User Identity and Passwords
Our new site provides a lot of flexibilty on how to log on. You can use a number of different identies from different sites. Here's an explanation of each of them:
The Rotary.org login is the primary means of logging on to our site. The identification consists of an email address and password. Whenever you use this ID we contact the rotary.org server to validate that you are still a member. Any Rotarain (World wide) can logon using this identity. However, members of District 1060 are given greater access.
Rotary.org login is obtained from the My Rotary based on the Club records as updated by your Secretary or President. This identity is used to log on to RI to update club and member details, obtain club reports, and to register for international meetings. The same identity is used to logon to the RIBI site for access to restricted information in the Members' Area.
If you have not registered with Rotary.org:
- Register here: http://www.rotary.org/myrotary/en/user/register
If you forget your Rotary.org login then then you can follow these links to recover it:
- Reset Password: http://www.rotary.org/myrotary/en/user/password.
- Forgot Login Email Address: To retrieve your sign-in email, please contact RI by email or phone.
The user name and club information for each member is stored locally. When you log on the email address from your Rotary.org login is matched with local information to find your name and the groups you belong to. If there are no matching records already on the site then a new account will be created. The new account will be based on your Rotary membership number. When this happens the webmaster will contact you to obtain the full details. (Note that names and corresponding emails were taken from the 1060 Directory to seed the site. If your email has changed during the year the connection might not be made).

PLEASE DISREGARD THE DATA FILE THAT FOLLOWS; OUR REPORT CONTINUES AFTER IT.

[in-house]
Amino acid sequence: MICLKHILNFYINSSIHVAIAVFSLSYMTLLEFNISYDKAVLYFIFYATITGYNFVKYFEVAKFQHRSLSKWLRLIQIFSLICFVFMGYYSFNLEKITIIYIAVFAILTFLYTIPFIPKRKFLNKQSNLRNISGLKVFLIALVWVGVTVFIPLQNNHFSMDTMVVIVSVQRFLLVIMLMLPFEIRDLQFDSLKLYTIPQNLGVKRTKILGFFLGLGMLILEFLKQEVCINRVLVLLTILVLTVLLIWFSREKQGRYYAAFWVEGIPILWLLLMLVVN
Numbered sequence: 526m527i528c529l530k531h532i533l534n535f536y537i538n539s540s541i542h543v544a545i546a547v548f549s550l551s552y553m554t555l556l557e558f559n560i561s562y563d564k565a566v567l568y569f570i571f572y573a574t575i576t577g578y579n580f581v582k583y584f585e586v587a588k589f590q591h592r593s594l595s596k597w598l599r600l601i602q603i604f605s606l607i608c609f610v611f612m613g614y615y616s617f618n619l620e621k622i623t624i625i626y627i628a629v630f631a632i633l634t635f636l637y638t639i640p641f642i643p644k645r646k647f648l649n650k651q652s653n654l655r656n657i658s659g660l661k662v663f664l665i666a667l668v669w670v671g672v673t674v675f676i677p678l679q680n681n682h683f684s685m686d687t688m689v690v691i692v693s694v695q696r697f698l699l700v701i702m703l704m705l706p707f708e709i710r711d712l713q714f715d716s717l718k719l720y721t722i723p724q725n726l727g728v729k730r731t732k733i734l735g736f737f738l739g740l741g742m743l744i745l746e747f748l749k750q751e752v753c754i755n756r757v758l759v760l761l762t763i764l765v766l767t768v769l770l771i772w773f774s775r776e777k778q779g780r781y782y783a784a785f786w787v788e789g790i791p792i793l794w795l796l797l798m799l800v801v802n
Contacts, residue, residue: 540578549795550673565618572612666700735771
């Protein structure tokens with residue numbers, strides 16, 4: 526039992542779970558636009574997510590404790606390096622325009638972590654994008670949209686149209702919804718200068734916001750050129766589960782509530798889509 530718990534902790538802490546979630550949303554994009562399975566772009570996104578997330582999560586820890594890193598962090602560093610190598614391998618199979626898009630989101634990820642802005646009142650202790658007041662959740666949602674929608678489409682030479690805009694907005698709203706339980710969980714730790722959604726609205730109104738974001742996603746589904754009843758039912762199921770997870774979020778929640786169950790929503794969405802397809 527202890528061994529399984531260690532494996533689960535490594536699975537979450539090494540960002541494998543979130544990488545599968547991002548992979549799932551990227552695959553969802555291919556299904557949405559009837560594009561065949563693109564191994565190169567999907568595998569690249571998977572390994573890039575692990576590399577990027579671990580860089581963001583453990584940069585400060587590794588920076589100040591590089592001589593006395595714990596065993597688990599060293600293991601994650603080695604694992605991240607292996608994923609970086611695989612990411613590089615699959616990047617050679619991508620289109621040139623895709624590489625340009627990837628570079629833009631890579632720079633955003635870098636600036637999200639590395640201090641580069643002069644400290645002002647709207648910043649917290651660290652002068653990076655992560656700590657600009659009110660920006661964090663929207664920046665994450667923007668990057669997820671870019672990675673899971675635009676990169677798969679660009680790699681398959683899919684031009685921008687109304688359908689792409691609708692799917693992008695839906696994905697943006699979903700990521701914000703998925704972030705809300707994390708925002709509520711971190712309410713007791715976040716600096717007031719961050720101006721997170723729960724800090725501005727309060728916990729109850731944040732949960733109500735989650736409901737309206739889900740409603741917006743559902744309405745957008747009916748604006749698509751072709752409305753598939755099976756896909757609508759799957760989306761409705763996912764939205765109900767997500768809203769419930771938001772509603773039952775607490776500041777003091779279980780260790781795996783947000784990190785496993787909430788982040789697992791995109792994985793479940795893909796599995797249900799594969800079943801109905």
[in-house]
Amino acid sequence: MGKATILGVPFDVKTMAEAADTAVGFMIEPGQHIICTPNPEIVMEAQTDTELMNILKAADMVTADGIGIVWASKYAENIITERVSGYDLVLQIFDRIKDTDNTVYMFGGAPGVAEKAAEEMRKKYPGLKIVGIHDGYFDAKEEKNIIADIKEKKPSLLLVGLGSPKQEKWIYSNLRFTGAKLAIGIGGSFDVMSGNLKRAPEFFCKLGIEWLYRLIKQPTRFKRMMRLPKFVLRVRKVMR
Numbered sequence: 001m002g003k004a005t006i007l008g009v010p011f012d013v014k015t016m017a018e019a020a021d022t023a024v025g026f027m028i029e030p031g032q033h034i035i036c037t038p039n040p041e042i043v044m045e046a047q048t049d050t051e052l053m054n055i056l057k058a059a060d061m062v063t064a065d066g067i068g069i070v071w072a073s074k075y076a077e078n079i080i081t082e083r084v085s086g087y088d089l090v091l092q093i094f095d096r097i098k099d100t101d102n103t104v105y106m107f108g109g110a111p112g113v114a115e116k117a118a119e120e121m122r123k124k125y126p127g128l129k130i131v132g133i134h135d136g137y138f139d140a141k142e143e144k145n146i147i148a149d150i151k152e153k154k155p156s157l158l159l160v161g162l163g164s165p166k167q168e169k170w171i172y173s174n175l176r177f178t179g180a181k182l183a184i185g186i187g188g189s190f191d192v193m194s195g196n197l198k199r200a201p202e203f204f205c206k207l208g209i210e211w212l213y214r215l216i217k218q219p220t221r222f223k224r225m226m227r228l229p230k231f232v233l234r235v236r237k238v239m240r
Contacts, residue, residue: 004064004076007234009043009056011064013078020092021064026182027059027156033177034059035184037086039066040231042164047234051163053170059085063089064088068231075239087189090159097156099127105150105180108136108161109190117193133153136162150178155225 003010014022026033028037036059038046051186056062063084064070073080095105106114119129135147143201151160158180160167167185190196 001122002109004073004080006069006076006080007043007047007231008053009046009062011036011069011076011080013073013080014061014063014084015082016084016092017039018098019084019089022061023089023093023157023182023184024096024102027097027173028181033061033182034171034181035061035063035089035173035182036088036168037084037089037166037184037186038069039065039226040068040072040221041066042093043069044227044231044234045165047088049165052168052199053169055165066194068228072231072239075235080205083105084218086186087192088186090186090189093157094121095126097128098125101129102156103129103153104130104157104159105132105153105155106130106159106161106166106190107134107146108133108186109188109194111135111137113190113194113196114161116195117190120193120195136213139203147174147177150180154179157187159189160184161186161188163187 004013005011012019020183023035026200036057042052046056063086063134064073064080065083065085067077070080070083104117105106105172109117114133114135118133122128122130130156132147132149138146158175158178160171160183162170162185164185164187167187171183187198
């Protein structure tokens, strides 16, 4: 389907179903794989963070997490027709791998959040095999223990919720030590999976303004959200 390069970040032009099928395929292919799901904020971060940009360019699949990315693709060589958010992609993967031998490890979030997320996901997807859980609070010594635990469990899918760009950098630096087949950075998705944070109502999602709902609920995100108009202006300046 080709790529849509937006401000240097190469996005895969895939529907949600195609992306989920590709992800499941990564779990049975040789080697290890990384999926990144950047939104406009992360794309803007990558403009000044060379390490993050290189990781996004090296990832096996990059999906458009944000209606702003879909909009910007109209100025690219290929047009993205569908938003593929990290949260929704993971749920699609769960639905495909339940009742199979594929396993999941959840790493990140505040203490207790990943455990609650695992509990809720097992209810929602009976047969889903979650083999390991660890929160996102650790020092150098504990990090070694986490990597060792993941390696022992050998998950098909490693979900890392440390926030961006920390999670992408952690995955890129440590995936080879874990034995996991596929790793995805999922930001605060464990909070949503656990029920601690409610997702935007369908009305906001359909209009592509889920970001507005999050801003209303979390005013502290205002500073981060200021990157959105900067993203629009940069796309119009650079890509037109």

If your details were not in the 1060 Directory then you will need a new account the first time you logon. To do this you can visit the registation page. Here you can supply your name and club to form your account name. Enter his as 'name - club' (for example, Dave Roberts - Southam 2000') in the Username field. Then enter your Rotary.org email address and password. An account will be created for you if the identity is validated by RI.
Twitter, LinkedIn and OpenID
These identifiers come from other commercial and public access mechanisms. If you already have one of these identities then you can link it to your Rotary account. Once linked, you can log on to the system using either your Rotary.org login or any of the associated identifiers. There are buttons on the logon page for this. Note that you have to make the link before they work.
Once Twitter or LinkedIn then an extra feature is enabled. Whenever you add information to this web site then it can be copied to a Tweet (on Twitter) or a status change on LinkeIn. Using this method to repeat contact on your social network brings a lot of benefit to our organisation. When you post to your network, your contact can see your Rotary activity. They might see something which encourages them to join.
Local Accounts (Username)
Local, mirror accounts provide a back up to the use of your Rotary.org account or social network ID. For example, if you change your Rotary.org email address it will no longer match the mirror account. To correct this you can obtain a one-off logon link. Put your old email or your local username (for example, Dave Roberts - Southam 2000') into the field and press 'E-mail new password'. This will send an email to the old address with instructions to log on. Once you have logged on you can correct the email address on the account and it will then link correctly to your Rotary.org logon.
Mirror accounts for Rotarians from outside our District will remain with their membership number as the account name.
We can also make local accounts available to non-Rotarians if Clubs wish to. These might be useful if you want to allow Friends of Rotary or similar to subscribe to your information (events and so on).
If all else fails